Watershed District, DNR plan to separate Upper and Lower Twin lakes with pump station for better management

Published 8:00 pm Friday, October 4, 2019

Conjoined Upper and Lower Twin lakes will be separated with the help of a pump station intended to allow them to be managed independently by the Department of Natural Resources.

Though they’re separated by a county road over a box culvert, the two are still interconnected, Minnesota Department of Natural Resources Area Wildlife Manager Jeanine Vorland said.

While there is a water control structure on Lower Twin Lake put in by the DNR in the early 1980s, the connection between Upper and Lower Twin lakes means the two are managed together.

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“Any time you need to lower Upper Twin Lake, you also need to lower Lower Twin Lake,” Vorland said.

The problem?

“They don’t always need to be managed at the same time,” Vorland said.

Nature is pretty good about controlling water levels on Lower Twin Lake, she said. There are dry and wet spells that naturally cause the water level to fluctuate. The main reason the DNR would choose to remove water by removing stops from a dam on the outlet of Lower Twin would be to eliminate a large population of carp or other rough fish or restore natural vegetation along the shoreline of the lake.

“Droughts are kind of the natural reset mechanism for lakes that are as shallow as Upper and Lower Twin are,” Vorland said.

Now, the two lakes are rarely dewatered, Vorland said; the last dewatering was a natural drought in 2012. Installing a pump station does not necessarily mean the lake will be managed every few years, Vorland said, but it does give the DNR the option to do so.

With a pump station, work to control rough fish — non-game fish — populations could occur more frequently, undeterred by the difficulty of managing both lakes at the same time. Instead of having to wait for natural events to reclaim the lake, a pump station could help create better habitat year in and year out. This is the goal, Vorland said. Management will depend on the health of the lake.

The role of the pump

While Lower Twin water levels can be lowered by gravity, the system between Upper and Lower Twin lakes is too flat to allow gravity to pull water out of Upper Twin. As is, the only way to get water out of Upper Twin is to lower Lower Twin, Vorland said.

“There isn’t enough elevation difference between the two to make any difference,” she said.

This is where the pump comes into play. Shell Rock River Watershed District Technical Specialist Scott Christenson said the pump, which will sit on the northeast side of County Road 80, will have a discharge line going through the culvert on the downstream side. Pipes will discharge water from Upper Twin Lake into Lower Twin, Vorland said. Water will be kept from flowing backwards by a grade and a few stops.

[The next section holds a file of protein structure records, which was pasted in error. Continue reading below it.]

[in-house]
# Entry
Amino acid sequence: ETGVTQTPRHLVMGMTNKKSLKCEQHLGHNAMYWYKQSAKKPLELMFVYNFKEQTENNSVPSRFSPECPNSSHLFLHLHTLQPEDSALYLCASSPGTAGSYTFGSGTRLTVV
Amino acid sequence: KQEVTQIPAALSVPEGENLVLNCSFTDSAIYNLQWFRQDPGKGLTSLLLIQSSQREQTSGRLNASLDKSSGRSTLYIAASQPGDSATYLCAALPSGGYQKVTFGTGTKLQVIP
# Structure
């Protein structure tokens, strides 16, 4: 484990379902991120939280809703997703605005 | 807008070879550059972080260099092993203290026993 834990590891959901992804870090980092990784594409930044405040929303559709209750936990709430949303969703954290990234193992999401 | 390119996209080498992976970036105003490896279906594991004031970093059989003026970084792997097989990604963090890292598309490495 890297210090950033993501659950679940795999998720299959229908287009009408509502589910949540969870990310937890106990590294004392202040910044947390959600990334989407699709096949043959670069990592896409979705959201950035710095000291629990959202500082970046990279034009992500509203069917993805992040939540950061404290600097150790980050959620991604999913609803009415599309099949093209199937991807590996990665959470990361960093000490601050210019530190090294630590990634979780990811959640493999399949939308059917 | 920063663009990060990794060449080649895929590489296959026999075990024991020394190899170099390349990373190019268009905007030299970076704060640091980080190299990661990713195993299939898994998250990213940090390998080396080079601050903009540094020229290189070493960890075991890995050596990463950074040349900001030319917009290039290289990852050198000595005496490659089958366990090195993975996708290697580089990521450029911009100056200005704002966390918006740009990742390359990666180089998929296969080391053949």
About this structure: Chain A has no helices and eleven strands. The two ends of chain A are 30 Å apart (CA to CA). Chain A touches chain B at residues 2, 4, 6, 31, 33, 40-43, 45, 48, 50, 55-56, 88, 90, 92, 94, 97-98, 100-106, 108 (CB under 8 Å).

She said there is a marshy buffer between Upper and Lower Twin that has the ability to mitigate poor water quality flowing out of Upper Twin and into Lower Twin.

For people downstream of the system, separating the lakes with a pump station means less water.

“If I don’t have to lower two lakes, there’s not as much water has to go down Goose Creek,” Vorland said.


Drawing down a lake can help improve habitat and the native diversity of plant species, Christenson said, and according to Vorland, lowering one lake rather than both at once could help some species escape the artificial drought on the lake requiring a drawdown in addition to species that benefit from a drawdown.

Furthermore, the lakes are designated by the state as Wildlife Management areas, which indicates wildlife habitat is a priority for management of the lakes, Vorland said. The area is also federally designated a waterfowl production area to preserve it as critical for waterfowl and other wildlife. It is used by waterfowl during the spring and fall migrations, Christenson said. Therefore, it is best to have plenty of food and vegetation and for annual plant species to produce as much seed as they can, Christenson said. A drawdown can expose the seed bed and allow those seeds to germinate.

It can also increase the storage capacity of the lake by allowing narrowleaf cattail to root. When the water is too deep, the cattails will form a mat of roots in which the root system stays on the surface of the water, Christenson said. Eliminating that mat could allow more emergent vegetation — plants that stand above the surface of the water — to root in the soil.

Finally, allowing the soil to dry out and consolidate without water resting above it can also help manage phosphorus levels in the lake, he said.

Intended project completion is spring 2020.

About Sarah Kocher

Sarah covers education and arts and culture for the Tribune.

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